• Thanks for the kind feedback Barbara. It is a sad world, imagining how things might be once the sea levels have risen and people have been forced to change their way of life radically. Yes, she decides to give in to him because he has shown some humanity, but also, she’s just let the donkey into the meadow to eat as much as she can before both of…[Read more]

  • Hi Wailana, what a great read! It’s a tantalising story with rich imagery. I love the uncertainty and sense that everything is at a tilt. One line really struck me: ‘I’d worn those nice wool socks I’d taken off some homeless man’. It really brought me up short and spoke volumes about the MC and her state of mind. Brilliant!

  • Dear Martin,
    Such a touching story, full of pathos and compassion. Thank you for sharing.

  • HimI remember this place, even though it’s so altered now. The track is scorched earth, barely a blade of grass showing despite the recent deluge, and the corrugated iron roof of the old barn is upended, beached […]

    • I really like the juxtaposition between his and her view points at the beginning, it worked early well to hear or see both sides. I thought the way you then switched perspective but still moved the story along was really nice as well. The description and tone were lovely and consistent throughout and the pacing was just right. For me, the ending was a little easily won for him. It was like she just gave in, which seemed really unlikely based on the early paragraphs. But, that said, the world was intriguing and the setting was really well developed and I’d definitely read more!

      • Thanks for your kind feedback Melissa. I tend to agree with you on the ending. It could definitely do with a little more exposition before the final scene, but I ran out of words! A bit of a metaphor for, life with the climate crisis upon us! The point that is not clear is that she has let the donkey into the meadow (having said earlier that she won’t let the donkey eat the flowers.) She has taken the decision that both she and the donkey are not going to survive much longer anyway and she would rather Josephine gets to eat the precious flowers than the Ministry gets to put them in their musem.
        That’s a very long reply to your feedback. Sorry!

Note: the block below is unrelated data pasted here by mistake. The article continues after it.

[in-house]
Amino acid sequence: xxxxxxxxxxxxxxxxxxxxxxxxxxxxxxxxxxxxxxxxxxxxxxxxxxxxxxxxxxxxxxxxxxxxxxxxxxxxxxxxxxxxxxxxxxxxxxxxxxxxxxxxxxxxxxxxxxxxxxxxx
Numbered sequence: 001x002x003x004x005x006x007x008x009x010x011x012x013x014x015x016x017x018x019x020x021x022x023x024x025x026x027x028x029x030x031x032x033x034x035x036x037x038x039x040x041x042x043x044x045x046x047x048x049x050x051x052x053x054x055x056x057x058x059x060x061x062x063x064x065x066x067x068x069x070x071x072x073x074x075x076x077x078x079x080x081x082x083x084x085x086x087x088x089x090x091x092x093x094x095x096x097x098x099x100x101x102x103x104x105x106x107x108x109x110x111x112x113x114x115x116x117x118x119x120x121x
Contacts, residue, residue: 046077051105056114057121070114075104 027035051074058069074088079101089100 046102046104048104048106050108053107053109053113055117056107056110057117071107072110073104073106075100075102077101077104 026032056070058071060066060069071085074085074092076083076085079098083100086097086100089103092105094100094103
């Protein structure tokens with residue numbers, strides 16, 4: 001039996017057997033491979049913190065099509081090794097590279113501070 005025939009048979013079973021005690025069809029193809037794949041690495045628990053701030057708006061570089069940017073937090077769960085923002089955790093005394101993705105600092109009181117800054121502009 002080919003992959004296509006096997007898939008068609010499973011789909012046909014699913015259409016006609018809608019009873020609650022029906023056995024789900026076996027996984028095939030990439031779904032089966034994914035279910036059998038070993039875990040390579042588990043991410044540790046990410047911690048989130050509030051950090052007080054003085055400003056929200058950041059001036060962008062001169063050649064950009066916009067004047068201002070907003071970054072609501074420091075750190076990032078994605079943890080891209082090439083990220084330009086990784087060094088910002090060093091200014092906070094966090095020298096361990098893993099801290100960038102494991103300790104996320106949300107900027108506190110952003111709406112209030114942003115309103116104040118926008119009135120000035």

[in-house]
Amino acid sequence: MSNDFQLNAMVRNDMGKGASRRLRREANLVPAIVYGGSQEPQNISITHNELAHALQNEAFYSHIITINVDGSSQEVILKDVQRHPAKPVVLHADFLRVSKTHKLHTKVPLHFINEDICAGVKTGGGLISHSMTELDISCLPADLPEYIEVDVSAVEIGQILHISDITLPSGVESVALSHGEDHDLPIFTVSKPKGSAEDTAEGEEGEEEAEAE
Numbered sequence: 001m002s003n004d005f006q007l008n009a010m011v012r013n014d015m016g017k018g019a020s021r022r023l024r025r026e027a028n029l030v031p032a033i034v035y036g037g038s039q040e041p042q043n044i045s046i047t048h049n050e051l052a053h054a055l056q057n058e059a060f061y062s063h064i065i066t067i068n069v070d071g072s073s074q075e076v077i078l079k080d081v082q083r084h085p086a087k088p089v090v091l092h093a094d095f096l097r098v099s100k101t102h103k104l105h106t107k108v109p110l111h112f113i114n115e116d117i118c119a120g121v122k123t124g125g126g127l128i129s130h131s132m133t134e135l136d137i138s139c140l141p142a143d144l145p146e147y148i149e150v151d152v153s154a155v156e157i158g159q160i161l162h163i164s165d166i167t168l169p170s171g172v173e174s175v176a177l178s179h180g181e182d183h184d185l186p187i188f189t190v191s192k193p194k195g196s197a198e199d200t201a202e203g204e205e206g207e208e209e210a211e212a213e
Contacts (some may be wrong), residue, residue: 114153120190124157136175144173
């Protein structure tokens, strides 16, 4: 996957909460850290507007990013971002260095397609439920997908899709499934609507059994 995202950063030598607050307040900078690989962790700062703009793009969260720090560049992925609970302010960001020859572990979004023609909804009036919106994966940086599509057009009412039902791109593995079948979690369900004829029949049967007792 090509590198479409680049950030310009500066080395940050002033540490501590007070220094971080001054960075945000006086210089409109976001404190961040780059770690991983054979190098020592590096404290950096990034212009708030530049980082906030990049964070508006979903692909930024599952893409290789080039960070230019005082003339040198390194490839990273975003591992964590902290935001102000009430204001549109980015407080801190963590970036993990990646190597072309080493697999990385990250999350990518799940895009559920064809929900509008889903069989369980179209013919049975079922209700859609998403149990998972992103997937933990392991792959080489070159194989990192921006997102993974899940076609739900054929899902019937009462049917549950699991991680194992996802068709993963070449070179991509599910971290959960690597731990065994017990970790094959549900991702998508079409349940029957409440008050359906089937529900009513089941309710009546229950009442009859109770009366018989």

• Thanks for clarifying, the word counts can be such a challenge but you’ve managed to create and describe a whole world within the short story! Thanks again.

    • I loved the way the story was revealed gradually and the different perspectives made this possible. Beautifully written – quite lyrical in parts and very evocative. There was a lot of pain in the backstory. A sad world where the flowers are needed for a museum. Unlike Melissa I found the ending plausible because to me it seemed the old woman had found someone she could trust to guard the seeds and look after the flowers once he had revealed the boy he’d once been was still there.

    • Thanks for the kind feedback Barbara. It is a sad world, imagining how things might be once the sea levels have risen and people have been forced to change their way of life radically. Yes, she decides to give in to him because he has shown some humanity, but also, she’s just let the donkey into the meadow to eat as much as she can before both of them inevitably perish.

  • “How about it babe?”
    His hand was on her thigh, warm through the denim of her jeans.
    He was leaning across the table, his other hand holding down the stem of his glass like someone might come and whisk it […]

    • Hi Wendy. This story reads well. It’s just a pity about the word-count as I really wanted to see how this story would develop. The ‘meadow of flowers’ image suggests new, happy, and perhaps, beautiful beginnings. Your story is full of possibilities and I would love to read more if you choose to expand on it at some later stage.

    • Great use of sensory description to give depth to this story. I kept expecting her to push his hand away so was intrigued to try to guess why she was tolerating him. Lots of great undercurrents that could be open to different interpretations. I’d love to read an expanded version.

    • I love the richness of the MC’s thoughts set against the stark reality the bar — and the guy — offered. Your descriptions were beautifully written. This story was a pleasure to read.

    • Hi Wendy,
      Great Story! Two things I learned from your well crafted technique:
      1. Sometimes a small gesture/ act/ expectation can hold the tension in the story.
      2. There is abundant value in deepened descriptions of the character’s wants/ needs.
      Well done! Thank you!

  • Wendy Ells posted a new activity comment 7 months ago

    Hi Beth,
    This story was an experimental piece and I’m not sure it’s worked, judging by the comments. It’s meant to be post apocalyptic, as in after the extinction of the human race. Some of the animals – the fox and the deer especially – carry a recollection in their DNA that this was a species that was a danger to them. The only animal to…[Read more]

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Wendy Ells

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@foxygwen

Active 1 week, 6 days ago